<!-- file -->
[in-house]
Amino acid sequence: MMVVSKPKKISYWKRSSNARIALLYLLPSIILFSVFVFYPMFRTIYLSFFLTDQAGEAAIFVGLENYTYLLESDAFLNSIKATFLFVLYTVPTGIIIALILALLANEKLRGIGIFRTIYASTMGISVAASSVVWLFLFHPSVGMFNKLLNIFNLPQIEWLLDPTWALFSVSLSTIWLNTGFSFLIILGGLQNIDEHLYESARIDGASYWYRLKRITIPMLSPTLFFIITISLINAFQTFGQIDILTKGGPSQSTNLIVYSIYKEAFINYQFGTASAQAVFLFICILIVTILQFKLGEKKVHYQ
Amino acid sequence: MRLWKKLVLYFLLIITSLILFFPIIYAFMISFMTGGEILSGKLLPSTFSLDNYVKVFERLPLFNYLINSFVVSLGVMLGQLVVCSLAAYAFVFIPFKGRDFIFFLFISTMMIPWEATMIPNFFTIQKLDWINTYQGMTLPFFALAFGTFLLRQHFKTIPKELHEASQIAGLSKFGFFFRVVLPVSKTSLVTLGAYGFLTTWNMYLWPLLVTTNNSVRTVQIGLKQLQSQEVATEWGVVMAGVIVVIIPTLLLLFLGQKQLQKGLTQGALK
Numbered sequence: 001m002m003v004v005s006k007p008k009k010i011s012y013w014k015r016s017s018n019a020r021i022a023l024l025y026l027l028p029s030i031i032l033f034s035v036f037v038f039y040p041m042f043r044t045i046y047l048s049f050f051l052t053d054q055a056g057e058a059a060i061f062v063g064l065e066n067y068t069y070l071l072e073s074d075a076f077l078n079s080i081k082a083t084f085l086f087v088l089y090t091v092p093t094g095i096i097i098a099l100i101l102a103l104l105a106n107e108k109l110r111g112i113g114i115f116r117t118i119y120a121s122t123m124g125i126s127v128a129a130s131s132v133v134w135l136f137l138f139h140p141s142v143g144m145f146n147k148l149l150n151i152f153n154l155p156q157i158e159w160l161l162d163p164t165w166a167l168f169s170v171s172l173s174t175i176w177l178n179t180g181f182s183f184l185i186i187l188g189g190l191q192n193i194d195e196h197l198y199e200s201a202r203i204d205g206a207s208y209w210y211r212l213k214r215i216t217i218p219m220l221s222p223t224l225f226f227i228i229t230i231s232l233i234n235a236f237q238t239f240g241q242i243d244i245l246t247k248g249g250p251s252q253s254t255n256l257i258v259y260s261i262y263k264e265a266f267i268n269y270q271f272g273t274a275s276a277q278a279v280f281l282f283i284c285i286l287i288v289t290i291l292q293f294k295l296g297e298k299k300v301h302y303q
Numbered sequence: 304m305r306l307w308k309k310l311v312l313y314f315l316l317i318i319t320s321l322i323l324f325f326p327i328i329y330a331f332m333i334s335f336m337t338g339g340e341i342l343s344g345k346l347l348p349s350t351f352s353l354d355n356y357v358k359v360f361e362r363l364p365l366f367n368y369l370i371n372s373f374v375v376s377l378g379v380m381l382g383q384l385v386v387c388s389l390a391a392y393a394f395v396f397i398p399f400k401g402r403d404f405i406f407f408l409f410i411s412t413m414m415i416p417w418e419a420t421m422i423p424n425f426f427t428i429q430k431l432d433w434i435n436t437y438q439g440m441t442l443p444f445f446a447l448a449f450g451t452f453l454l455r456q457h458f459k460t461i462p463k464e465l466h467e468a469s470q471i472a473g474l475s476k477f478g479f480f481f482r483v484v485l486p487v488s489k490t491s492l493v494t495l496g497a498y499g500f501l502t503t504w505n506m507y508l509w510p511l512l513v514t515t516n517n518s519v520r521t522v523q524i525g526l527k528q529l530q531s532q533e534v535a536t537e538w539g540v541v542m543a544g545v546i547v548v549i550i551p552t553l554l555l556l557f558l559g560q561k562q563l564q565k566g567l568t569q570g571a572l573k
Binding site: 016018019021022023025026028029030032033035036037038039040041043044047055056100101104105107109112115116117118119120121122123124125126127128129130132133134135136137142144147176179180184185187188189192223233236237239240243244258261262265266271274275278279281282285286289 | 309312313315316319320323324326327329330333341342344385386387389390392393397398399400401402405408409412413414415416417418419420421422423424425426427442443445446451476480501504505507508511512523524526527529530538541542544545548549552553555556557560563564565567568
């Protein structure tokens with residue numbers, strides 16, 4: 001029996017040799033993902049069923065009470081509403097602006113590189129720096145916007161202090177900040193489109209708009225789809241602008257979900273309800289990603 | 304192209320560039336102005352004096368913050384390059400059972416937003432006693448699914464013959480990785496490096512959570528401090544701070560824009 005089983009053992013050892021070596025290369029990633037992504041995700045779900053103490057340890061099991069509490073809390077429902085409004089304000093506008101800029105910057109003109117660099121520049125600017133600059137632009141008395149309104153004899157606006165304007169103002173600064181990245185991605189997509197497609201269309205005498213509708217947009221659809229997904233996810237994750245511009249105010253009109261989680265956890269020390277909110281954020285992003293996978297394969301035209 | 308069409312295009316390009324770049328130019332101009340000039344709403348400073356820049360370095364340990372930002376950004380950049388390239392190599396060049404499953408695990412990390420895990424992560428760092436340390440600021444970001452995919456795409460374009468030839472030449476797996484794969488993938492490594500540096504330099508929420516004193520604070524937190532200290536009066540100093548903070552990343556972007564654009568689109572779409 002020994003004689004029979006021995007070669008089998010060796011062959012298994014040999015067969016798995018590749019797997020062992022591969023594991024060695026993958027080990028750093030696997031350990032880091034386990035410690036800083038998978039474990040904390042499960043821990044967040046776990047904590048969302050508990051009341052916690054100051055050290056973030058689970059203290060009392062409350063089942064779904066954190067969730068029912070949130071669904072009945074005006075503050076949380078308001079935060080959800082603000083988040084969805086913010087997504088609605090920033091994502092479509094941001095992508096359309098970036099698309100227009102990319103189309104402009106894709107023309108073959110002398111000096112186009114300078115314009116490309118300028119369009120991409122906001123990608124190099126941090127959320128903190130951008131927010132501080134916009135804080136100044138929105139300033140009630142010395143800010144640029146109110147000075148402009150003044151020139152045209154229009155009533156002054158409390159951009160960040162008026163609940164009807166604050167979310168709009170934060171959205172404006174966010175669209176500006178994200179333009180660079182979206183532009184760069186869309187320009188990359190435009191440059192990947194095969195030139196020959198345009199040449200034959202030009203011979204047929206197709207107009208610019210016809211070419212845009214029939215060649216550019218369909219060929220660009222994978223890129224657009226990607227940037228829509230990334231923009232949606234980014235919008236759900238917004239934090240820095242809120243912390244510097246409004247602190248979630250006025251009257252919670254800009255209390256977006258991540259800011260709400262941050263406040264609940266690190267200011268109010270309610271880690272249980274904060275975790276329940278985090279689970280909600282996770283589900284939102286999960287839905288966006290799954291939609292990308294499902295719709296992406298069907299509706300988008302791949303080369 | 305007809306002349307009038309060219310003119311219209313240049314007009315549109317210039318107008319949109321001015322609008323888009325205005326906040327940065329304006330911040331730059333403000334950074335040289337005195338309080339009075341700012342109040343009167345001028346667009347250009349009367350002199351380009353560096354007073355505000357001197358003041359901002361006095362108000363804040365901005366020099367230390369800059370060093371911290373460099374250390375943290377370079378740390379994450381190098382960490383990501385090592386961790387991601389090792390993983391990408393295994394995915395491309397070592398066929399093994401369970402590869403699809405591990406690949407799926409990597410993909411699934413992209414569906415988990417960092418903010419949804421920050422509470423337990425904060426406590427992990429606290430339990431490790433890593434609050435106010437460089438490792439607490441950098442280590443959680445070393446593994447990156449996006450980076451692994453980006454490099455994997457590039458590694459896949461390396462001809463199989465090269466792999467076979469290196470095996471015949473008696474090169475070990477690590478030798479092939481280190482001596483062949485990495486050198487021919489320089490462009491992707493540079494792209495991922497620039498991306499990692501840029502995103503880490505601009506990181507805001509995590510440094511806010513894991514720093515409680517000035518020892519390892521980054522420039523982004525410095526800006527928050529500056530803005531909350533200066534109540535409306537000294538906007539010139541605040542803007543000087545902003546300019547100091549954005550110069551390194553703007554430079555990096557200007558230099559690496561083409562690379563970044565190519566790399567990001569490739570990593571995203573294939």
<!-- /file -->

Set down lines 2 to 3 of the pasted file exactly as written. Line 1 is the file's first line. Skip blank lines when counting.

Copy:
Amino acid sequence: MMVVSKPKKISYWKRSSNARIALLYLLPSIILFSVFVFYPMFRTIYLSFFLTDQAGEAAIFVGLENYTYLLESDAFLNSIKATFLFVLYTVPTGIIIALILALLANEKLRGIGIFRTIYASTMGISVAASSVVWLFLFHPSVGMFNKLLNIFNLPQIEWLLDPTWALFSVSLSTIWLNTGFSFLIILGGLQNIDEHLYESARIDGASYWYRLKRITIPMLSPTLFFIITISLINAFQTFGQIDILTKGGPSQSTNLIVYSIYKEAFINYQFGTASAQAVFLFICILIVTILQFKLGEKKVHYQ
Amino acid sequence: MRLWKKLVLYFLLIITSLILFFPIIYAFMISFMTGGEILSGKLLPSTFSLDNYVKVFERLPLFNYLINSFVVSLGVMLGQLVVCSLAAYAFVFIPFKGRDFIFFLFISTMMIPWEATMIPNFFTIQKLDWINTYQGMTLPFFALAFGTFLLRQHFKTIPKELHEASQIAGLSKFGFFFRVVLPVSKTSLVTLGAYGFLTTWNMYLWPLLVTTNNSVRTVQIGLKQLQSQEVATEWGVVMAGVIVVIIPTLLLLFLGQKQLQKGLTQGALK